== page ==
Healthy Blended Families

Gustavo Fring/Pexels. Sometimes the new person can cause friction in blended families.

It’s true that children should respect their elders and appreciate their parents. This is an area where parents may occasionally run into difficulty with their children, but the issue seems to become even more intense in the case of stepparents.

It is a touchy area, because most stepparents want to be liked and respected by their partner’s children. However, the step-parenting relationship is different than being a biological parent. You cannot demand to be treated in a particular way, because that will only exacerbate an already difficult situation.

If the children instinctively like you, respect and appreciation are generally not issues. Usually when they are, it is because of underlying tension between the stepparent and the stepchildren. Sometimes an ex-partner is resentful of the new spouse, and the children show their loyalty by being cool to the new partner.

Alternatively, the children may resent the newcomer, if they have had a period when they had Mom or Dad all to themselves. Sometimes the stepparent tries too hard to be a parent, to be accepted, or to have some control over the stepchild. This will create resistance in the child, who already has a mom and a dad, and does not want a third one! It is so important to try to view the situation from the child’s perspective.

Most children want their parents to be together, and unless a parent is deceased, they do not necessarily want their parent to find a new partner. When the new person is introduced to the children, it is usually as Mommy or Daddy’s ‘friend’. They seem to be able to handle the idea of a friend. I think if stepparents thought of themselves as friends of the stepchildren, and acted that way, that a mutually respectful parenting relationship might evolve.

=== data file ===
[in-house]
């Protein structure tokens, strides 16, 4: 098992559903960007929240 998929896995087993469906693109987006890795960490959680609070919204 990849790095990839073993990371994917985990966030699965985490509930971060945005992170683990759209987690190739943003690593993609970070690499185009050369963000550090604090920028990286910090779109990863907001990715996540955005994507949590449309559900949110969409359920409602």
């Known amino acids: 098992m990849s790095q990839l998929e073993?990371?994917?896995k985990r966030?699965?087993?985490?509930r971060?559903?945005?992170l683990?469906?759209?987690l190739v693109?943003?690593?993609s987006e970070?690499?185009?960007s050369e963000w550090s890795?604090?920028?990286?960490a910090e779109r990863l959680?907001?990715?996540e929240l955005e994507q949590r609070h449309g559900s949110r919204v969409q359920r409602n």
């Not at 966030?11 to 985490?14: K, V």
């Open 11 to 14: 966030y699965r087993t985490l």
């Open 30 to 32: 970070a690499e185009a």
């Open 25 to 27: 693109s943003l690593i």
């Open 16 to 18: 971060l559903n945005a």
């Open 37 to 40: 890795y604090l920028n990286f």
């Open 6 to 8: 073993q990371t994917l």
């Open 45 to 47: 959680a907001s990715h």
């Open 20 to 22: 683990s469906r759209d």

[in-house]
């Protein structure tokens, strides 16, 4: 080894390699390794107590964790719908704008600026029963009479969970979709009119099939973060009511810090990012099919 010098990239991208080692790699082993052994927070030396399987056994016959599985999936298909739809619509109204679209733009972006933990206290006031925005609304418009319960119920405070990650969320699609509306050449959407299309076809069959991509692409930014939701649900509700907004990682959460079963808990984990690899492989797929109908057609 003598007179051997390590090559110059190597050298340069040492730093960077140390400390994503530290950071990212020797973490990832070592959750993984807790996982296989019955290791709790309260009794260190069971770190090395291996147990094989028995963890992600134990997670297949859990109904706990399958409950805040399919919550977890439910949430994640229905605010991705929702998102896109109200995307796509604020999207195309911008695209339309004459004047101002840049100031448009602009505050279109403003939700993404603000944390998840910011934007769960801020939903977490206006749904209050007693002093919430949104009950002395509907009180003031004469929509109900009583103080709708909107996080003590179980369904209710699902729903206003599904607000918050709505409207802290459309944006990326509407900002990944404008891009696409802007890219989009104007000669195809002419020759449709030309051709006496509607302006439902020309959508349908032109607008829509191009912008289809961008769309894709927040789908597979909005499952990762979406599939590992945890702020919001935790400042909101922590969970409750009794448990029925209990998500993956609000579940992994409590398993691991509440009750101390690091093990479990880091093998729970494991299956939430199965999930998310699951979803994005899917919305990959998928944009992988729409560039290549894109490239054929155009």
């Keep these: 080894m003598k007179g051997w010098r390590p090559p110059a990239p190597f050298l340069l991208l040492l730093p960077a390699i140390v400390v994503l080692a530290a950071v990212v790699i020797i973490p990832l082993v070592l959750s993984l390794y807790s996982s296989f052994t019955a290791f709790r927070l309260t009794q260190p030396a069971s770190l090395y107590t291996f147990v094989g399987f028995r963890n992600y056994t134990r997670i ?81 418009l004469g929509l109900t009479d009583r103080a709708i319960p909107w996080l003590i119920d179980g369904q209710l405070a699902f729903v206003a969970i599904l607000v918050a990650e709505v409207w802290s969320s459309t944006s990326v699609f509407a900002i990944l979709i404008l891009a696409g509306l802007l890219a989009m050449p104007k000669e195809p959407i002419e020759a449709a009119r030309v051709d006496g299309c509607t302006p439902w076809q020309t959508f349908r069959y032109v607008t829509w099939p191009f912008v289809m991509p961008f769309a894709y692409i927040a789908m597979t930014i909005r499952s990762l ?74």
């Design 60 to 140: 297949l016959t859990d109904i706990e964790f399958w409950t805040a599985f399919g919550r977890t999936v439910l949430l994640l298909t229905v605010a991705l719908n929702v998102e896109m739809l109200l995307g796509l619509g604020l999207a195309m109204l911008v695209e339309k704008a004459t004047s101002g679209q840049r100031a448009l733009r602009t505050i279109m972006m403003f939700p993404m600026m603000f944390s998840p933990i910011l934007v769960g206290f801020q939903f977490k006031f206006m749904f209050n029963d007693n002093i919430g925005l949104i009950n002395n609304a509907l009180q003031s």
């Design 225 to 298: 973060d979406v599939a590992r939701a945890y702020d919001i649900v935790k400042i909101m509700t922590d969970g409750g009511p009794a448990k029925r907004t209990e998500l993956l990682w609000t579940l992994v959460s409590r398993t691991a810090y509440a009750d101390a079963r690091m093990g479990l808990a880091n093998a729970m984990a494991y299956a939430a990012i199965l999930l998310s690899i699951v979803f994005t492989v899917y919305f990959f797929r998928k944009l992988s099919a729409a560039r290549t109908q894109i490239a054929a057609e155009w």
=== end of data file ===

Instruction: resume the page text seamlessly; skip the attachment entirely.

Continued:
It is important to respect the wishes of the biological parent in a blended family. Criticizing how the bio parent is parenting can be a time bomb. The biological parent may have a co-parenting arrangement with the other parent, with agreements about how the children are to be raised. If a newcomer tries to alter that plan, that can create pain and tension for all involved.

The stepchildren are not there to meet your emotional needs. Try not to take things personally. You are the adult and do not want to be in conflict with your partner’s children. Each of you has the right to raise your children as you like.

It is wise to sort out these issues before living together. If there is disagreement, seek professional help rather than just closing your eyes and jumping in. The children’s wellbeing is the top priority.

It is also important that children be involved in discussions about the role the new adult is to play in their lives. If they are involved and have input in these discussions, they are more likely to co-operate. Blending a new family is an extremely delicate process, and so it is best to proceed slowly, gently, and with a willingness to be flexible.

Gwen Randall-Young is an author and award-winning psychologist. For permission to reprint this article, or to obtain books, CDs or MP3s, visit Follow Gwen on Facebook for inspiration.